This is summary of Shanta Kumar Committee Report on FCI , The high Level Committee (HCL) on restructuring of Food Corporation of India (FCI),major issue before the Committee was how to make the entire food grain management system more efficient by reorienting the role of FCI in MSP operations, procurement, storage and distribution of grains under Targeted Public Distribution System (TPDS).
This post contains summary from Economic Survery Vol 2 . I also recommend heavily that you read this post Summary: Shanta Kumar Report FCI reform & Food security by Mrunal Bhai.
procurement related issues:
- The FCI should hand over all procurement operations of wheat, paddy, and rice to states that have gained sufficient experience in this regard and have created reasonable infrastructure for procurement. The FCI will accept only the surplus (after deducting the needs of the states under the NFSA) from these state governments (not millers) to be moved to deficit states. The FCI should move on helping those states where farmers suffer from distress sales at prices much below MSP, and which are dominated by small holdings.
- Centre should make it clear to states that in case of any bonus being given by them on top of MSP, it will not accept grains under the central pool beyond the quantity needed by the state for its own PDS and OWS.
- The statutory levies including commissions need to be brought down uniformly to 3 per cent, or at most 4 per cent of MSP, and this should be included in the MSP itself (states losing revenue due to this rationalization of levies can be compensated through a diversification package for the next three-five years);
- The Government of India must provide better price support operations for pulses and oilseeds and dovetail their MSP policy with trade policy so that their landed costs are not below their MSP.
- Cash transfers in PDS should be gradually introduced, starting with large cities with more than 1 million population; extending it to grain surplus states; and then giving deficit states for the option of cash or physical grain distribution.
On PDS- and NFSA-related issues:
- Given that leakages in the PDS range from 40 to 50 per cent, the GoI should defer implementation of the NFSA in states that have not done end to end computerization; have not put the list of beneficiaries online for anyone to verify; and have not set up vigilance committees to check pilferage from PDS.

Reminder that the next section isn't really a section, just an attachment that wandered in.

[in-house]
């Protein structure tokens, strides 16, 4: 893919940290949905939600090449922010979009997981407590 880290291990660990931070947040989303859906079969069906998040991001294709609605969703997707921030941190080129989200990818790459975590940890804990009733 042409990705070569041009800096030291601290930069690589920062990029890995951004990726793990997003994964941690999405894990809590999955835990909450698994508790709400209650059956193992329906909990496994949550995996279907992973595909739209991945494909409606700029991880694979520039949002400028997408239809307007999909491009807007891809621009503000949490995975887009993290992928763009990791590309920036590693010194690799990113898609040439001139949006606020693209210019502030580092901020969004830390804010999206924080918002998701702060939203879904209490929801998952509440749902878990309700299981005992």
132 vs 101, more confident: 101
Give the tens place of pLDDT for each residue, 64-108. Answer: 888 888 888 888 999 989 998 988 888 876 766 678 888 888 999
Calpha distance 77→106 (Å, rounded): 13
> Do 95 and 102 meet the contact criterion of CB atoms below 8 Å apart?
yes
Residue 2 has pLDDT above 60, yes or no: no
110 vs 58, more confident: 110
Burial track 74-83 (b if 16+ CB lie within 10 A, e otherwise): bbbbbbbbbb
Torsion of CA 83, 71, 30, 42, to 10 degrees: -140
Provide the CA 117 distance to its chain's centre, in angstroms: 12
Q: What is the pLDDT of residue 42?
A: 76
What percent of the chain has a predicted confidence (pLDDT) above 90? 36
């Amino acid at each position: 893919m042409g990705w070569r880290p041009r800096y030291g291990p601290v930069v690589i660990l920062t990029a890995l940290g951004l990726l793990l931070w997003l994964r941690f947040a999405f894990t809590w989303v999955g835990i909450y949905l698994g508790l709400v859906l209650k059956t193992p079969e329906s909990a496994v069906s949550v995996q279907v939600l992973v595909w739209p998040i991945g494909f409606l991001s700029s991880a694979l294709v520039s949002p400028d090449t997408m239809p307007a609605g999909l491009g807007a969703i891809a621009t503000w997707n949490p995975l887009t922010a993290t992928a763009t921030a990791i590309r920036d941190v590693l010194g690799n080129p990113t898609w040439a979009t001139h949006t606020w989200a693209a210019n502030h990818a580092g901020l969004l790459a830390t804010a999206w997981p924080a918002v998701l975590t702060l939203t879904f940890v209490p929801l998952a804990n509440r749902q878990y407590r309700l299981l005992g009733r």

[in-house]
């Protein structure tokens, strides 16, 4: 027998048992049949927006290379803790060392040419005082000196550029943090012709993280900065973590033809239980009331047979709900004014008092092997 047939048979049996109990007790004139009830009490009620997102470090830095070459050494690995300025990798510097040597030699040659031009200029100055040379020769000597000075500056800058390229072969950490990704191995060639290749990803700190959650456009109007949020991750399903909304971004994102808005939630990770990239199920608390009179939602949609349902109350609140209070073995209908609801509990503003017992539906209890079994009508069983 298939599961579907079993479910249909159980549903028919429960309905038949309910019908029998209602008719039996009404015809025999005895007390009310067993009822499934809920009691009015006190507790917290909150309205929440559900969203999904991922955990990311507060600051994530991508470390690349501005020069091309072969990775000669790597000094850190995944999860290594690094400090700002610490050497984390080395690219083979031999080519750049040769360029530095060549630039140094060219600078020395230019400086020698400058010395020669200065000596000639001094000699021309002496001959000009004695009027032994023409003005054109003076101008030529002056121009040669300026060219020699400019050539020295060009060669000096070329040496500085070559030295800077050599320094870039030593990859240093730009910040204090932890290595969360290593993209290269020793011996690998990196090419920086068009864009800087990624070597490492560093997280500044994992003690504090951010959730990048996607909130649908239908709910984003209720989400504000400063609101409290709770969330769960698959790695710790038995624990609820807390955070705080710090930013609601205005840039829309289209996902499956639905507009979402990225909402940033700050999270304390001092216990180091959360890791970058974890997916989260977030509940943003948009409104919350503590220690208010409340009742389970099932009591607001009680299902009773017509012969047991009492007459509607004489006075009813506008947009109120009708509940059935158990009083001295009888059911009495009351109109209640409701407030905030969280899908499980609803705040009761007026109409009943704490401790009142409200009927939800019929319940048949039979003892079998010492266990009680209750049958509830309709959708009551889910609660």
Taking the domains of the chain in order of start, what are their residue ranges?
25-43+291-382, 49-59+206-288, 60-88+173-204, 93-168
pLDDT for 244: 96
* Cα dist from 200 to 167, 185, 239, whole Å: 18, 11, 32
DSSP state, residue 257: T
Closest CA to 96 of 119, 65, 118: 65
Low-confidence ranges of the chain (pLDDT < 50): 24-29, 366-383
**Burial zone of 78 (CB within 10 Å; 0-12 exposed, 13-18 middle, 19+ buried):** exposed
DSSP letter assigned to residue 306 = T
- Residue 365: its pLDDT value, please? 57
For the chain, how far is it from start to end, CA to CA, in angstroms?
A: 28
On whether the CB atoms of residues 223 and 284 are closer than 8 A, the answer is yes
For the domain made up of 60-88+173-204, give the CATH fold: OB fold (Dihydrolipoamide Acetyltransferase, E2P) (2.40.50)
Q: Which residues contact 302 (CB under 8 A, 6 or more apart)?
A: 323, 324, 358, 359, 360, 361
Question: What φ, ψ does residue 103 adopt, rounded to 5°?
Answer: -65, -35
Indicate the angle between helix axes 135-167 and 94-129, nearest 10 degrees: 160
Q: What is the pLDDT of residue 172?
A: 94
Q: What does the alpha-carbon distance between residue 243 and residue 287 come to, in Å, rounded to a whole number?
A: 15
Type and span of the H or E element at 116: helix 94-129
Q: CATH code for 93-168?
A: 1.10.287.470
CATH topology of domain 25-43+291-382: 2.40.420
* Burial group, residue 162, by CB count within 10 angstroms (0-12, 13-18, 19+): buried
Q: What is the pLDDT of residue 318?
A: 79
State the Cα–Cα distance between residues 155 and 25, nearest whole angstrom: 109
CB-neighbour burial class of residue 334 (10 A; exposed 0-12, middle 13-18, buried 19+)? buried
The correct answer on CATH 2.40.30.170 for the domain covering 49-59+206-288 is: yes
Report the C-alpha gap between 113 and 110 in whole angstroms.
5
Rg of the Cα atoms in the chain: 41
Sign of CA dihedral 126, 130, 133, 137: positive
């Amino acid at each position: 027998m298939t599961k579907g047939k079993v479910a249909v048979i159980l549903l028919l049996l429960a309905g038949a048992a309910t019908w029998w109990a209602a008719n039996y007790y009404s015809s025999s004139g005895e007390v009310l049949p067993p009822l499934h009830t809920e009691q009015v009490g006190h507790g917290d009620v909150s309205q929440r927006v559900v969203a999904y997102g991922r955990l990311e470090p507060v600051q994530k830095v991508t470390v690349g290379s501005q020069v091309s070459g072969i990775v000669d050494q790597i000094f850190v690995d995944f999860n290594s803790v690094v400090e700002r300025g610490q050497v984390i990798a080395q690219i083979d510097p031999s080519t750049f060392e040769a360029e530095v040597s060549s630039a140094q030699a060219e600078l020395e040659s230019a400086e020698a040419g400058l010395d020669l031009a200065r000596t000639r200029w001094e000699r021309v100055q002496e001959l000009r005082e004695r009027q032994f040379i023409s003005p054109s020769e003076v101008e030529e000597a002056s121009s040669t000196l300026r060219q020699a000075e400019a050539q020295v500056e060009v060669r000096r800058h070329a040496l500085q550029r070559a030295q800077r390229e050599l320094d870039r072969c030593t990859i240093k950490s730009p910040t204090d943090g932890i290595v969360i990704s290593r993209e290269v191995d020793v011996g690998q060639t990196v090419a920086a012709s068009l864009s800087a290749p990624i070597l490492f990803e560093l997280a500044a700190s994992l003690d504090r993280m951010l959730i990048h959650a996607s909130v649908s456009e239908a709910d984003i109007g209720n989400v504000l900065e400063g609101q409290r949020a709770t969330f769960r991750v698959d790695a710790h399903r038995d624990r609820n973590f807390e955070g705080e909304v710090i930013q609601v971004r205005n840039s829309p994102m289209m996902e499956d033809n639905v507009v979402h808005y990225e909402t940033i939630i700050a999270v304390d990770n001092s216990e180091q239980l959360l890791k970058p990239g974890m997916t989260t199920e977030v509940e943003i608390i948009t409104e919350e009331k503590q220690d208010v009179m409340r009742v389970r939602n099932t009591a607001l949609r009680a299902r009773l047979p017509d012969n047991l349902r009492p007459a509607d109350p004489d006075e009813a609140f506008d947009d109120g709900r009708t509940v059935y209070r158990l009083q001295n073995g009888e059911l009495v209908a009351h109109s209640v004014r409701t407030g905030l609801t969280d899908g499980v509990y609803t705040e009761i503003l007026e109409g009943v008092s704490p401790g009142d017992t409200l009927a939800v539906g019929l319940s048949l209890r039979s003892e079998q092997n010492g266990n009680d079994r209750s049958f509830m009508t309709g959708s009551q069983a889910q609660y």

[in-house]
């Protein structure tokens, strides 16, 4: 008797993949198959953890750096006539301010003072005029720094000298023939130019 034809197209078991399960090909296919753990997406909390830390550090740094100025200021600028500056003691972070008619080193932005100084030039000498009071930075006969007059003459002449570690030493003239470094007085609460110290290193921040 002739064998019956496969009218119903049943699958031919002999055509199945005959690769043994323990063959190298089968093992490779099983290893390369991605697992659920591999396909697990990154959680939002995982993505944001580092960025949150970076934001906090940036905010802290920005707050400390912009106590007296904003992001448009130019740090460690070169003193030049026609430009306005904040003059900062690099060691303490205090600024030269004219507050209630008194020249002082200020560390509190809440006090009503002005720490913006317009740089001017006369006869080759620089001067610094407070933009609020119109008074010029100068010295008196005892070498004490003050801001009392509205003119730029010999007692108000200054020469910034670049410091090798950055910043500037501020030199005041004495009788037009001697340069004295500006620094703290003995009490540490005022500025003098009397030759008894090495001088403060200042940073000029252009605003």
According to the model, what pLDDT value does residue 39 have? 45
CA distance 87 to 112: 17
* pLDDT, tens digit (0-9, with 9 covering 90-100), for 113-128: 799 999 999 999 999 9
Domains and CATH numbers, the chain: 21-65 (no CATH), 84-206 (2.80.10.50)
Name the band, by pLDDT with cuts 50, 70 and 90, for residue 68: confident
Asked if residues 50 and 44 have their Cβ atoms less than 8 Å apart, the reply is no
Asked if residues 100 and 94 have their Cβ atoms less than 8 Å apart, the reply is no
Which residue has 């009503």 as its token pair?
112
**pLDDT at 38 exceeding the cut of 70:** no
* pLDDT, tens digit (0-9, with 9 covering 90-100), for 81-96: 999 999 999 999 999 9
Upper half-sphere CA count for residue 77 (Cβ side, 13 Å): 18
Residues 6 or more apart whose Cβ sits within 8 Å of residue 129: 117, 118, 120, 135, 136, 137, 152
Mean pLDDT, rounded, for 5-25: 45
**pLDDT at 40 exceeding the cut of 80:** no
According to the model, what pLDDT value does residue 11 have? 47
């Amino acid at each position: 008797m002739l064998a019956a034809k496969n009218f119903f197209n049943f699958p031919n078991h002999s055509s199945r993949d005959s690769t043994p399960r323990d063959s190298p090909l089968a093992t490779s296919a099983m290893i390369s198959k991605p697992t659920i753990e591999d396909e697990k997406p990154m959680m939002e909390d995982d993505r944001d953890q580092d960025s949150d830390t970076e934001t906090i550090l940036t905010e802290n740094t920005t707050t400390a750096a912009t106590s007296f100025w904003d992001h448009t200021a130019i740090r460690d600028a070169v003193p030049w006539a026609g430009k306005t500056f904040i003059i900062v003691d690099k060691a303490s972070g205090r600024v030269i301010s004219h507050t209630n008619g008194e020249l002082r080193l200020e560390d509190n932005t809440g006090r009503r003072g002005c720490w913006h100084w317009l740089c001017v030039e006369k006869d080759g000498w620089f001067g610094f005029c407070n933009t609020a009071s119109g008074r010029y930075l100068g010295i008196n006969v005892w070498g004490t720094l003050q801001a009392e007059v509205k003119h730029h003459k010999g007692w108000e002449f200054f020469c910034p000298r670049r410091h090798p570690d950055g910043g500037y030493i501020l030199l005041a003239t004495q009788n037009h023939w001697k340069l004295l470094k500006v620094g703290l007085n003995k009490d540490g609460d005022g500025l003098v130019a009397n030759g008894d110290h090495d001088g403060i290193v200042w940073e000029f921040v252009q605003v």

- Coverage of population should be brought down to around 40 percent.
- BPL families and some even above that they be given 7kg/person.
- On central issue prices, while Antyodya households can be given grains at ` 3/2/1/kg for the time being, but pricing for priority households must be linked to MSP.
On stocking and movement related issues:
- FCI should outsource its stocking operations to various agencies.
- Covered and plinth (CAP) storage should be gradually phased out with no grain stocks remaining in CAP for more than 3 months.
- Silo bag technology and conventional storages wherever possible should replace CAP.
On Buffer Stocking Operations and Liquidation Policy:
- DFPD/FCI have to work in tandem to liquidate stocks in OMSS or in export markets, whenever stocks go beyond the buffer stock norms. A transparent liquidation policy is the need of hour, which should automatically kick-in when FCI is faced with surplus stocks than buffer norms.
- Greater flexibility to FCI with business orientation to operate in OMSS and export markets is needed.
On direct subsidy to farmers:
- Farmers be given direct cash subsidy (of about Rs 7000/ha) and fertilizer sector can then be deregulated.
On end to end computerization:
The HLC recommends total end-to-end computerization of the entire food management system, starting from procurement from farmers, to stocking, movement, and finally distribution through the TPDS.
On the new face of the FCI:
The new face of the FCI will be akin to an agency for innovations in the food management system with the primary focus of creating competition in every segment of the foodgrain supply chain, from procurement to stocking to movement and finally distribution under the TPDS, so that overall costs of the system are substantially reduced and leakages plugged and it serves a larger number of farmers and consumers.